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Rare Serendibite Gems
|Serendibite Crystal, Burma|
Serendibite is a rare borosilicate mineral that is very rare indeed in crystalline form. At one time crystalline serendibite was one of the rarest gems in the world and only a handful of specimens were known to exist. But a recent find in Burma has made a limited amount of material available to collectors at reasonable prices.
The first documented discovery of serendibite was in 1902 in Ceylon (now Sri Lanka) by G.T. Prior and A.K. Coomaraswamy. They named the mineral after an old Arabic name for Ceylon, serendib. Some gem-quality material was found in the Ratnapura area of Sri Lanka in the 1990's. Then a new deposit was found in the Mogok Valley in Burma in 2005. These remain the only sources known in the world for gem-quality serendibite.
Gemologically, serendibite has a complex chemical composition consisting of calcium, magnesium, aluminum, silicon, boron and oxygen. It can easily be confused with sapphirine and zoisite, but its refractive index, twinning, and spectroscopic features are distinctive. Serendibite has a hardness rating of 6.5 to 7 on the Mohs scale, with no cleavage. Its refractive index is 1.701-1.706 (similar to zoisite) and it has a density of 3.42-3.52 (similar to topaz). Serendibite forms in the triclinic crystal system.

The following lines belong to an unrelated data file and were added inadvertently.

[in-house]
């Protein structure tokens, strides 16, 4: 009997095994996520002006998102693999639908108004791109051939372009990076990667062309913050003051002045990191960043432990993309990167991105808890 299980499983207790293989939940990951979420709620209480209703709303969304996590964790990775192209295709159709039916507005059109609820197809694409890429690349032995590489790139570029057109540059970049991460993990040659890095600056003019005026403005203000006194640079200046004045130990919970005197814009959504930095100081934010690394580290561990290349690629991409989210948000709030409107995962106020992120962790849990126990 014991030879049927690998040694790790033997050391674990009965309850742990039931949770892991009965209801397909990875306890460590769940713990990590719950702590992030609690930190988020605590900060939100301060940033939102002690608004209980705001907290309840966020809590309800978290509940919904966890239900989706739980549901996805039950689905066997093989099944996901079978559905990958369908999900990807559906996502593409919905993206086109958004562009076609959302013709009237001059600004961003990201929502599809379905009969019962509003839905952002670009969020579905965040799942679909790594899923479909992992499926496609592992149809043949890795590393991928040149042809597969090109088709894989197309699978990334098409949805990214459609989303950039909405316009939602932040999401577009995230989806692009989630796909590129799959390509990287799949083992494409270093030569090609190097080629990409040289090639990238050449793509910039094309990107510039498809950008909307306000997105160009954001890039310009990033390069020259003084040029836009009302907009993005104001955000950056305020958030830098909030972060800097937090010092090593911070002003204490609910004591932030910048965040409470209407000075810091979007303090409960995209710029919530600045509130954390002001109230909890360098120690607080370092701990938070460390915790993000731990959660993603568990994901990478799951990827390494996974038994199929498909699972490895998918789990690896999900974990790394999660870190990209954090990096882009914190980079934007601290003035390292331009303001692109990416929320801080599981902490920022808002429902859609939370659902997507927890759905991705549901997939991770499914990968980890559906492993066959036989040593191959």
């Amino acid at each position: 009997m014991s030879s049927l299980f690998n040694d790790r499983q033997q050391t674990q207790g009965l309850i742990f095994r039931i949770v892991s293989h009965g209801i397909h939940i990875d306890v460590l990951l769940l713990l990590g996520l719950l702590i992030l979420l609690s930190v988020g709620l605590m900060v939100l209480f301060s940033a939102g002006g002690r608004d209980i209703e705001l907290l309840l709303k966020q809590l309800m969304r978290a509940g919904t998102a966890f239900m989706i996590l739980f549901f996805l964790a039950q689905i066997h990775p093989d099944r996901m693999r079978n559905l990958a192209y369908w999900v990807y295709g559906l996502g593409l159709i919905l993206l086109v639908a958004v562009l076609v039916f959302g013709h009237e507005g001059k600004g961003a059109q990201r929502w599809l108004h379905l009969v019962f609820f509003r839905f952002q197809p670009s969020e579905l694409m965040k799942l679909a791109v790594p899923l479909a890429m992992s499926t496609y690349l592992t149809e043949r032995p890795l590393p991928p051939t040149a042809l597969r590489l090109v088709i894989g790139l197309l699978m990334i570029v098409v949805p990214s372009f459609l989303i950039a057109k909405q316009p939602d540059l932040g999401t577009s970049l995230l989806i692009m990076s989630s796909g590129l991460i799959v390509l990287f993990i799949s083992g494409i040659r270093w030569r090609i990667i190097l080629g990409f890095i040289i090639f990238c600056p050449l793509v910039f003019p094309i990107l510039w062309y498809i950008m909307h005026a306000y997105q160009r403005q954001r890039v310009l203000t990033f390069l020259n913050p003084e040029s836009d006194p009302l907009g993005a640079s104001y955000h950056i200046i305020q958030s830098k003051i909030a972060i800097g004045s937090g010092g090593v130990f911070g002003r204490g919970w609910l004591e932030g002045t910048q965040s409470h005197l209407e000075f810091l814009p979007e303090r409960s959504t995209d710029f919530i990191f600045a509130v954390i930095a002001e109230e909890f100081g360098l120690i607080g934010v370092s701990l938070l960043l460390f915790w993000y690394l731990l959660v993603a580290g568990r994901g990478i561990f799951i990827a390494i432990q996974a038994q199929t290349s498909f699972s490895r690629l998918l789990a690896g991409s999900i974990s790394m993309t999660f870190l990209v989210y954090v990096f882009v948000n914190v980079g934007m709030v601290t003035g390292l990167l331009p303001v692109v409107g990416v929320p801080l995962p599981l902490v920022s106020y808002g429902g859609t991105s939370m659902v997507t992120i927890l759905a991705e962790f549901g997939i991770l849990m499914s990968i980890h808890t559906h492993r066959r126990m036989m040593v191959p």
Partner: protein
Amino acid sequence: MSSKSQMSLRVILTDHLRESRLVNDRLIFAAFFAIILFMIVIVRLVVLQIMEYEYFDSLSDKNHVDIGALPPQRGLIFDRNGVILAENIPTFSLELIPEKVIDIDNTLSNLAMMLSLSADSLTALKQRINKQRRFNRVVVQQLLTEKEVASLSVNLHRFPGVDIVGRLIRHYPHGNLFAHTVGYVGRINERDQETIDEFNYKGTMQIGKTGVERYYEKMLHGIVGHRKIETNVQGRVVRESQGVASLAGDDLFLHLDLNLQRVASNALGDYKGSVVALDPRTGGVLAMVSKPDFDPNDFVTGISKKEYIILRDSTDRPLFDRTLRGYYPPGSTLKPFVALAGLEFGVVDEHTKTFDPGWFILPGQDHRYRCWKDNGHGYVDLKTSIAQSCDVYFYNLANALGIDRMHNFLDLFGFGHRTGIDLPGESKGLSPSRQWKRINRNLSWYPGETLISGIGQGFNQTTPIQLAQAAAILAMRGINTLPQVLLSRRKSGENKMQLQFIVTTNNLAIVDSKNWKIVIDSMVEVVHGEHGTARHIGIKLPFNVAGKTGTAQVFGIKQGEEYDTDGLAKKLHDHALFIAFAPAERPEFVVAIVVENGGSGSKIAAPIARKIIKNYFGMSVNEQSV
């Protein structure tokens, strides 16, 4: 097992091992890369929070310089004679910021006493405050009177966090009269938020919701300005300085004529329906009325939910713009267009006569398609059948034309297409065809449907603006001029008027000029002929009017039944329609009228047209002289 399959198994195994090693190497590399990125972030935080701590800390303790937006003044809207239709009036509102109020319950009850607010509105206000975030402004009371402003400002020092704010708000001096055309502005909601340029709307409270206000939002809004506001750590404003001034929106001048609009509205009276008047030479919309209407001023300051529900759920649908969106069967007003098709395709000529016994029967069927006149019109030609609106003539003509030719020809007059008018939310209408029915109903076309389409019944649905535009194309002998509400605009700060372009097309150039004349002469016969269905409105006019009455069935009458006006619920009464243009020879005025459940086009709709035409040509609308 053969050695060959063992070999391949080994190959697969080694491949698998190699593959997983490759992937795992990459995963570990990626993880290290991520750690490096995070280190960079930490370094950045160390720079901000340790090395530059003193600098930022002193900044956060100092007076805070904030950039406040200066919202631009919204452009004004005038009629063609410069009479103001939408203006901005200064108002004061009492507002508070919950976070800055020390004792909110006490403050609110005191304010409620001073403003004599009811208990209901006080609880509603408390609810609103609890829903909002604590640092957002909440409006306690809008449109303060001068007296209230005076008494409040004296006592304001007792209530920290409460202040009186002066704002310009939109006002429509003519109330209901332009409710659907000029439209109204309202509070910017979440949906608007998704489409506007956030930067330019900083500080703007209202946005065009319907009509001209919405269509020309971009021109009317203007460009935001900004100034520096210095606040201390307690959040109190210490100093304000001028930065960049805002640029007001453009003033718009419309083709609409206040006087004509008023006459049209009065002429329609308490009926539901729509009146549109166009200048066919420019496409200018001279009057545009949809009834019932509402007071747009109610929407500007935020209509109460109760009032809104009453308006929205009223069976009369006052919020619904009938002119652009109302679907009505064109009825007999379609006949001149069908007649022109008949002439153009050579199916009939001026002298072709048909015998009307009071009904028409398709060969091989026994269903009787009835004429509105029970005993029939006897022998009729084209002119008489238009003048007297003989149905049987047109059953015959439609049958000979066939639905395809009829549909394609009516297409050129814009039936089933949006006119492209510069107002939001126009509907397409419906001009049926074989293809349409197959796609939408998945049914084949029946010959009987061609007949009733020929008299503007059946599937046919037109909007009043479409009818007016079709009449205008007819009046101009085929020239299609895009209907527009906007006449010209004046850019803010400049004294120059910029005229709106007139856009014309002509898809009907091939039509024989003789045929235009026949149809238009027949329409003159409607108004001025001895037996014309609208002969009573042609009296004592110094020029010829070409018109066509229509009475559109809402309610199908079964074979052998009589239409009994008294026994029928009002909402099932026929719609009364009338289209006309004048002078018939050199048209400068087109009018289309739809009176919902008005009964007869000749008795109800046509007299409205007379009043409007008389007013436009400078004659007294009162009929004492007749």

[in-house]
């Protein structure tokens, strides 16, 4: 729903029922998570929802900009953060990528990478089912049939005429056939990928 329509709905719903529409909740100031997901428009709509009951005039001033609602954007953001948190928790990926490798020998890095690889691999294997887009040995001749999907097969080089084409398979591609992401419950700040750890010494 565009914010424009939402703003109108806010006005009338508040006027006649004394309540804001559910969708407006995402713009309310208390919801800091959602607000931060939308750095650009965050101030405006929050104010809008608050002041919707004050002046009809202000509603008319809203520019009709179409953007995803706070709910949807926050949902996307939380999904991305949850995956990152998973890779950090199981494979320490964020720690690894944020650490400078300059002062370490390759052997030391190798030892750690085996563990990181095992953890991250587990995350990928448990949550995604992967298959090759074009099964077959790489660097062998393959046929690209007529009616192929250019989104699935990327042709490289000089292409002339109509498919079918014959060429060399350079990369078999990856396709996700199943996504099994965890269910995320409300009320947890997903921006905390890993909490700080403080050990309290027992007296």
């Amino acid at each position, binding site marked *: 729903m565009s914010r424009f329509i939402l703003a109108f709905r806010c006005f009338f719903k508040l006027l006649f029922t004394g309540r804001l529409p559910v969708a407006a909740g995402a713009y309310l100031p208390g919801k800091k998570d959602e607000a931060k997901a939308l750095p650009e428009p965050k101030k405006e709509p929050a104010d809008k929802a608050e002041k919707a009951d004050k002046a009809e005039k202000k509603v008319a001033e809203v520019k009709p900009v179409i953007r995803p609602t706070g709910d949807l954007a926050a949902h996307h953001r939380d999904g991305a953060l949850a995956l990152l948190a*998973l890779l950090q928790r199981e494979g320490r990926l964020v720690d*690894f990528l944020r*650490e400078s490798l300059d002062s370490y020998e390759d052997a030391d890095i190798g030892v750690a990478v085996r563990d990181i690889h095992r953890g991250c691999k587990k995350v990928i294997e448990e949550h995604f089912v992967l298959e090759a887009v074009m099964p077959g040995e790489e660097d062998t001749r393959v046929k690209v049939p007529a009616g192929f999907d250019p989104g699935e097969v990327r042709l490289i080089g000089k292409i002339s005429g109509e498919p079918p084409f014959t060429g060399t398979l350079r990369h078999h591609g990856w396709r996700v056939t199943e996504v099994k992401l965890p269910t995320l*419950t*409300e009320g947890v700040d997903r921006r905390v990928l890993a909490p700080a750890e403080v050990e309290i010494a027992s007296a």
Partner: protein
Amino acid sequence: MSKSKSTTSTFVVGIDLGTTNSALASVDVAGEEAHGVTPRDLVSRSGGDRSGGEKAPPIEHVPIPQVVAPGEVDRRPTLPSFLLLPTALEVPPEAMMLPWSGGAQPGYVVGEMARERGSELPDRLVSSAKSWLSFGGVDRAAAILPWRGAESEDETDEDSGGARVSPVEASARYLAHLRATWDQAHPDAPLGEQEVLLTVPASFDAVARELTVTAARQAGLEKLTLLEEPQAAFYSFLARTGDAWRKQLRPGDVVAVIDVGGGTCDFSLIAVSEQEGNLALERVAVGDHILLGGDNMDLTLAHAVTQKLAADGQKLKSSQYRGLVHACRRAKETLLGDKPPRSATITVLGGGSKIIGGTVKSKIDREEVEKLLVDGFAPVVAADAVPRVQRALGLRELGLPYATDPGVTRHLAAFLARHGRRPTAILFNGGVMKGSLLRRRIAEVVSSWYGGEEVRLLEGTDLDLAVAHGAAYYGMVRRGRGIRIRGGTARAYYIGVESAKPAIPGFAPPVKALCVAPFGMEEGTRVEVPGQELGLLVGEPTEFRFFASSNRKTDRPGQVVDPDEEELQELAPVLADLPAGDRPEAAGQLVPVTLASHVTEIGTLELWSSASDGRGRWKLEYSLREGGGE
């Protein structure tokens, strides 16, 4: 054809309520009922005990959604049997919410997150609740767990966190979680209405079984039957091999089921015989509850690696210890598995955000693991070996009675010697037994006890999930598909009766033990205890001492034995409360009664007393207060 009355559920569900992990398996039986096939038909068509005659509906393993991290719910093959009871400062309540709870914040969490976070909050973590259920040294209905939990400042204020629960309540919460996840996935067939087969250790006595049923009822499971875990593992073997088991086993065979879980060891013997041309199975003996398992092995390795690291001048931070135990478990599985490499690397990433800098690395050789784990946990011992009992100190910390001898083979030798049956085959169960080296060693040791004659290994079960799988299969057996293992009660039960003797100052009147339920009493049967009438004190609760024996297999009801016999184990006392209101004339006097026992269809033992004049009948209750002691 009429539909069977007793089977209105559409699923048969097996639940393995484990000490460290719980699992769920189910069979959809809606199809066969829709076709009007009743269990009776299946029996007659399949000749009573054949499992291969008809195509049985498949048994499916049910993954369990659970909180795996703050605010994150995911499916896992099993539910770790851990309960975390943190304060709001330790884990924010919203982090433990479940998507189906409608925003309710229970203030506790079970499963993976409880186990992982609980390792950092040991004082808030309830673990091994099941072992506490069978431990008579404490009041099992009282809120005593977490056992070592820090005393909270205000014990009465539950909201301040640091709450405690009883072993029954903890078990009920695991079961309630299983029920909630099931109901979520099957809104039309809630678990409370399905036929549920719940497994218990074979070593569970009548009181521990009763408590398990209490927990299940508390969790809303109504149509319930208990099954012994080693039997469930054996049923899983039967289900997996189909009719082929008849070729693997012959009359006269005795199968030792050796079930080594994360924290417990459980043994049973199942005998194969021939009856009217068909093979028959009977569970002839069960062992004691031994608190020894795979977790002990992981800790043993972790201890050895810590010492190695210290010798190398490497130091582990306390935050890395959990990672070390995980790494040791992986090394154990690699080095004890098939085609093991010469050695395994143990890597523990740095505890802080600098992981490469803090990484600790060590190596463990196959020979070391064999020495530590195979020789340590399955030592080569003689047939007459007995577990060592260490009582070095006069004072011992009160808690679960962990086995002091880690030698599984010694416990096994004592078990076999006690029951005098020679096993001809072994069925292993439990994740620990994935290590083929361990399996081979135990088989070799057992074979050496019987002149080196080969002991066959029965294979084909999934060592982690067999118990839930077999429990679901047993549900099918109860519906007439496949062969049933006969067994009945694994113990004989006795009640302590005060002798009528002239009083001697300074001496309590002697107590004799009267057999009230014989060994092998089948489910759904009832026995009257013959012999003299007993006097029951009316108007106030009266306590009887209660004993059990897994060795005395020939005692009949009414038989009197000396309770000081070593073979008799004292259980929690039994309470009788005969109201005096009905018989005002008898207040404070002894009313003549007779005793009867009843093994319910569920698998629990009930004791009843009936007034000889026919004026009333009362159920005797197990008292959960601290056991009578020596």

The Sri Lankan gems tend to occur in greenish-blue or violet-blue, while the Burmese material is a very dark bluish green that usually appears black. Serendibite has an attractive vitreous luster when polished. The gem quality serendibite is transparent, thought the Burmese material is so dark as to appear opaque.